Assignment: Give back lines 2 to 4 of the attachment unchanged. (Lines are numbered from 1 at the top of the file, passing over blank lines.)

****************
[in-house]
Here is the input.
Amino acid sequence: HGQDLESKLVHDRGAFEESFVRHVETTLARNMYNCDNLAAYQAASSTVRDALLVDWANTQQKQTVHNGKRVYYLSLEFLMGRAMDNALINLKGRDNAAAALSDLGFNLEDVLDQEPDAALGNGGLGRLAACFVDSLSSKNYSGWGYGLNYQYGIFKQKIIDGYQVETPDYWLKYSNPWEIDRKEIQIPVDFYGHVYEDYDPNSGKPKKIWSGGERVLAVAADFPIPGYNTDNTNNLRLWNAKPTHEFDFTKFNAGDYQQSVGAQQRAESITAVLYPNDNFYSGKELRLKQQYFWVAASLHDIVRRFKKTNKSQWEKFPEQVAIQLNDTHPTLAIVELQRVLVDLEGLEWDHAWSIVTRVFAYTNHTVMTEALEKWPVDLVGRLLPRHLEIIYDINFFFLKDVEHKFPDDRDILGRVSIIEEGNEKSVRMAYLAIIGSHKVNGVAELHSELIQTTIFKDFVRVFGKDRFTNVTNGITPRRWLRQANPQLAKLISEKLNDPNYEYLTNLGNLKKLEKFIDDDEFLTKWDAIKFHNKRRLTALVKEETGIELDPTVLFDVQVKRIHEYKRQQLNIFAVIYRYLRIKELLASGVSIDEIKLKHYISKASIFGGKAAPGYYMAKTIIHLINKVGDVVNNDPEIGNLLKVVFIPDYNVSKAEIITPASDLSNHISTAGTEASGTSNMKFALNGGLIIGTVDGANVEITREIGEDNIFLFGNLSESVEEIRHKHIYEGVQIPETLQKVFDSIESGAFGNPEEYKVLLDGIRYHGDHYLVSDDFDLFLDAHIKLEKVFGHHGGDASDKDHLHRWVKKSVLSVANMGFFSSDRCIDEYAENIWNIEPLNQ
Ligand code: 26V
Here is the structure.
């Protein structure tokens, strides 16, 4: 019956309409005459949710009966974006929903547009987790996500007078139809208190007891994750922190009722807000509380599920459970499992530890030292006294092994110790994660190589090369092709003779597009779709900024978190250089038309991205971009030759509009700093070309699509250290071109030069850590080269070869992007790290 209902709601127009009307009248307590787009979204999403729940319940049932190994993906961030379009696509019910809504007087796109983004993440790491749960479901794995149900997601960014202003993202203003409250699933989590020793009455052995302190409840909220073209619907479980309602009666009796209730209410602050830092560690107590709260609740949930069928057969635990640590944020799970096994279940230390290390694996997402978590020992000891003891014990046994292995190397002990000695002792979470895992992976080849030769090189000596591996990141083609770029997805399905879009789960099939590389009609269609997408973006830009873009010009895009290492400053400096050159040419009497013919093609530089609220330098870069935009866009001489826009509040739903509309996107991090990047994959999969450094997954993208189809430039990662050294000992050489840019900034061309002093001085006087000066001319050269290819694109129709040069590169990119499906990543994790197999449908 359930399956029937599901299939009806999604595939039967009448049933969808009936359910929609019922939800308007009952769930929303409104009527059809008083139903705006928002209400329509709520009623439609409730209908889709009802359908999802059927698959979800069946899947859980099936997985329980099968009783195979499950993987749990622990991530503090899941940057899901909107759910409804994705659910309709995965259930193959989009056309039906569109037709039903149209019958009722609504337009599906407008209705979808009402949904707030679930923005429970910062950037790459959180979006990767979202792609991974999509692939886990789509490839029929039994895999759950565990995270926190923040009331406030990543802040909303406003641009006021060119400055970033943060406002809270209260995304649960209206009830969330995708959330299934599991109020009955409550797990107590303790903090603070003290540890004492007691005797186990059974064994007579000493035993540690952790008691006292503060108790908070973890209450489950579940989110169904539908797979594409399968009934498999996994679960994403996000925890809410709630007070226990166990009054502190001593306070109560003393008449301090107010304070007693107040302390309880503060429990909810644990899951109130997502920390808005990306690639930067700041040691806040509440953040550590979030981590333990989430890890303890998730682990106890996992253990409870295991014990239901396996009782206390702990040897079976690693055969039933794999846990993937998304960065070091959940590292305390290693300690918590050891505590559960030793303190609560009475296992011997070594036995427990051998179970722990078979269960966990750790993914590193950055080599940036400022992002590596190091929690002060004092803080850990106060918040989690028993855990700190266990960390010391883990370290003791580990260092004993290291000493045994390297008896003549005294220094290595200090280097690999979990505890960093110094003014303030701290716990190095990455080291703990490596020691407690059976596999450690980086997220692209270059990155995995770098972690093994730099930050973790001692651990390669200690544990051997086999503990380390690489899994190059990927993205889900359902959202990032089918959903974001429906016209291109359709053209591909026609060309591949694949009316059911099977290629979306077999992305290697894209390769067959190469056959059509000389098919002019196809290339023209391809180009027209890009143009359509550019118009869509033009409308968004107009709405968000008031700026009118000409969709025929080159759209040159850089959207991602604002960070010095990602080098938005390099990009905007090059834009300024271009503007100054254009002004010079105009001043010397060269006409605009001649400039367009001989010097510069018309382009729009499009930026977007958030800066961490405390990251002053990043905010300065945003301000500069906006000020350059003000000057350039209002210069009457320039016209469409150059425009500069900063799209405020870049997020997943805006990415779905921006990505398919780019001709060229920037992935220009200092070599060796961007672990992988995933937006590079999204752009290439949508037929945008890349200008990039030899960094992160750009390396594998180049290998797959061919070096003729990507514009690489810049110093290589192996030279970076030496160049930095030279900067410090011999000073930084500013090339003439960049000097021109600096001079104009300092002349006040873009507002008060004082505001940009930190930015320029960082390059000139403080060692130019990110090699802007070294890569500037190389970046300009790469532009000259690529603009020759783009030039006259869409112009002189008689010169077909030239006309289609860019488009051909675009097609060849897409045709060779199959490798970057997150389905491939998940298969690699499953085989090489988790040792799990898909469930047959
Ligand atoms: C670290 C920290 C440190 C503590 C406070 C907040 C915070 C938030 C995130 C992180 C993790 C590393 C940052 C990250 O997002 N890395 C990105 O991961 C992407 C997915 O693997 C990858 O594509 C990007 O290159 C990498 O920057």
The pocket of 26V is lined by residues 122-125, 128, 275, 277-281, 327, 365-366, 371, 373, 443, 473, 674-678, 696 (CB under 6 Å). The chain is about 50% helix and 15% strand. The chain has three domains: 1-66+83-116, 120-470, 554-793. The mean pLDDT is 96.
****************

Here is the input.
Amino acid sequence: HGQDLESKLVHDRGAFEESFVRHVETTLARNMYNCDNLAAYQAASSTVRDALLVDWANTQQKQTVHNGKRVYYLSLEFLMGRAMDNALINLKGRDNAAAALSDLGFNLEDVLDQEPDAALGNGGLGRLAACFVDSLSSKNYSGWGYGLNYQYGIFKQKIIDGYQVETPDYWLKYSNPWEIDRKEIQIPVDFYGHVYEDYDPNSGKPKKIWSGGERVLAVAADFPIPGYNTDNTNNLRLWNAKPTHEFDFTKFNAGDYQQSVGAQQRAESITAVLYPNDNFYSGKELRLKQQYFWVAASLHDIVRRFKKTNKSQWEKFPEQVAIQLNDTHPTLAIVELQRVLVDLEGLEWDHAWSIVTRVFAYTNHTVMTEALEKWPVDLVGRLLPRHLEIIYDINFFFLKDVEHKFPDDRDILGRVSIIEEGNEKSVRMAYLAIIGSHKVNGVAELHSELIQTTIFKDFVRVFGKDRFTNVTNGITPRRWLRQANPQLAKLISEKLNDPNYEYLTNLGNLKKLEKFIDDDEFLTKWDAIKFHNKRRLTALVKEETGIELDPTVLFDVQVKRIHEYKRQQLNIFAVIYRYLRIKELLASGVSIDEIKLKHYISKASIFGGKAAPGYYMAKTIIHLINKVGDVVNNDPEIGNLLKVVFIPDYNVSKAEIITPASDLSNHISTAGTEASGTSNMKFALNGGLIIGTVDGANVEITREIGEDNIFLFGNLSESVEEIRHKHIYEGVQIPETLQKVFDSIESGAFGNPEEYKVLLDGIRYHGDHYLVSDDFDLFLDAHIKLEKVFGHHGGDASDKDHLHRWVKKSVLSVANMGFFSSDRCIDEYAENIWNIEPLNQ
Ligand code: 26V